David Cameron: privacy rules are 'unfair' on the press - Press Gazette

David Cameron: privacy rules are 'unfair' on the press

Prime Minister David Cameron this morning said he thought current privacy rules were ‘unfair’on the press.

Speaking on ITV’s Daybreak, Cameron also reiterated his fear that judges were ‘effectively writing a new law’and suggested reviewing the role of the Press Complaints Commission.

The news comes after the Sunday Herald yesterday became the first UK newspaper to name the footballer at the centre of the latest privacy injunction row yesterday, and the number of Twitter messages relating to the star was said to have topped 50,000.

‘It is rather unsustainable, this situation, where newspapers can’t print something that clearly everybody else is talking about, but there’s a difficulty here because the law is the law and the judges must interpret what the law is,’said Cameron

‘What I’ve said in the past is, the danger is that judgments are effectively writing a new law which is what Parliament is meant to do.

“So I think the Government, Parliament, has got to take some time out, have a proper look at this, have a think about what we can do, but I’m not sure there is going to be a simple answer.”

Commenting on the role of the PCC, Cameron added: ‘It’s not fair on the newspapers if all the social media can report this and the newspapers can’t, so the law and the practice has got to catch up with how people consume media today.

“But I don’t think there is an easy answer on this. Perhaps the way through is to look again at the Press Complaints Commission, the work it does. If people can have more confidence in that then we could have less of this current approach.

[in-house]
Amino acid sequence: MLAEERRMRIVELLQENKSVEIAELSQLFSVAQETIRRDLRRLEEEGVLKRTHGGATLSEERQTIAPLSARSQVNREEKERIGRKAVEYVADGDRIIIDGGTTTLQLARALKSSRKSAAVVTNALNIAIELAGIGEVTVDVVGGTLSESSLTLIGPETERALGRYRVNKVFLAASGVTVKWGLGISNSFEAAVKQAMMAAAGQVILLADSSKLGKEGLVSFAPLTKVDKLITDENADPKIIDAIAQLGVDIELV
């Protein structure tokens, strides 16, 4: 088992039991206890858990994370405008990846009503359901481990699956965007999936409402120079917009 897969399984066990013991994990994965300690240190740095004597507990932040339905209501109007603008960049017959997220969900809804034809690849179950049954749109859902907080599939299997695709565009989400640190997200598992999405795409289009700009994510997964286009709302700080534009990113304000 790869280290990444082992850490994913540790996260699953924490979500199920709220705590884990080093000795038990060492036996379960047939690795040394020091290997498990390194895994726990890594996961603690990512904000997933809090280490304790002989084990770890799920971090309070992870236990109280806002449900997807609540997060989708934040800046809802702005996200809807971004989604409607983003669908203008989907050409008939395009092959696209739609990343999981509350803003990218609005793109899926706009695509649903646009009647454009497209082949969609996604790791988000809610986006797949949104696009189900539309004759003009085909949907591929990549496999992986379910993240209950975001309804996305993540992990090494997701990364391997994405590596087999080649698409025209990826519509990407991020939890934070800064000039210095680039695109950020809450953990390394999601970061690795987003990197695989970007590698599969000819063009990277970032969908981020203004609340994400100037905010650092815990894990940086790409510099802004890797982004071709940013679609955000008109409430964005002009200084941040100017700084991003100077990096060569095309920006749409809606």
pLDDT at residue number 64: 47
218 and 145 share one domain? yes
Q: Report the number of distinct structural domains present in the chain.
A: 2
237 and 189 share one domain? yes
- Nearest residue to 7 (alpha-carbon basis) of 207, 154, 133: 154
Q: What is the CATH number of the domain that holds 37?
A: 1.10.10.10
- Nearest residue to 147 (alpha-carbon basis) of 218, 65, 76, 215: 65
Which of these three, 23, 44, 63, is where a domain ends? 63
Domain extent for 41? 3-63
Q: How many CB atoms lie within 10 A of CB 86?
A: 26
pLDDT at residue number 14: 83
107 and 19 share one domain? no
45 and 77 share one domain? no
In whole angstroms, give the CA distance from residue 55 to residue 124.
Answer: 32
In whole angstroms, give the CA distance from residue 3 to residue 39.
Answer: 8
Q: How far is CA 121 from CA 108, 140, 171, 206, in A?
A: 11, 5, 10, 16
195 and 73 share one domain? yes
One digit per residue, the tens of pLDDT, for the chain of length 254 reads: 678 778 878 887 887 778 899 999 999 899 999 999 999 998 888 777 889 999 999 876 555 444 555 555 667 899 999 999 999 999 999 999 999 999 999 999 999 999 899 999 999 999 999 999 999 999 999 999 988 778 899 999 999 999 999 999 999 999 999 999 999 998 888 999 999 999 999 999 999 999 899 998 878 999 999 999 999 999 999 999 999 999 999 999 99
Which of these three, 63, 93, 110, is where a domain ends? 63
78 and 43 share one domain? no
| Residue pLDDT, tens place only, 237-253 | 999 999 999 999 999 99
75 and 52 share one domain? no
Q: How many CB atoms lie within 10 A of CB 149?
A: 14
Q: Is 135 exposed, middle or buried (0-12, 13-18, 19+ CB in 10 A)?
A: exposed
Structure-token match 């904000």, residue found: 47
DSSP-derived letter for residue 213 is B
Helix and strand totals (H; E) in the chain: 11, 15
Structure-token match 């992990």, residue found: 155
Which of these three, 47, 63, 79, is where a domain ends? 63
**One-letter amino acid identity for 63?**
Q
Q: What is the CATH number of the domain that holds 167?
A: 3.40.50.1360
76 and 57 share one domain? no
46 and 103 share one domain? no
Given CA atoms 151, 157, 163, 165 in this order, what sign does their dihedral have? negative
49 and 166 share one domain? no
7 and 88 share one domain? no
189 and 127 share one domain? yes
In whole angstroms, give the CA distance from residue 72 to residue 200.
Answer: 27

“But we are going to have to take some time out to really have a think about this.”

Last week Justice Secretary Ken Clarke said that Parliament could pass a Privacy Act aimed at providing clarity to judges over gagging orders.

Talking about privacy injunctions he told the Commons: “We will consider these matters and indeed it is probably right to say that Parliament passing a Privacy Act might well be the best way of resolving it.

“But I think we need to get somewhat nearer to a consensus and one needs to know exactly how you’re trying to strike this balance before something is submitted to the judgment of Parliament.

“It may well be that we don’t have to wait for a long controversial process like that, we can find some other way of tackling it. We are considering this issue and we’ll come back in due course.”

But Culture Secretary Jeremy Hunt later told a conference that the Government was not “minded” to introduce a new privacy law.

He said: “I don’t believe a privacy law is the way forward, we are not minded to have a new privacy law but we are not ruling out the need for legislative changes.”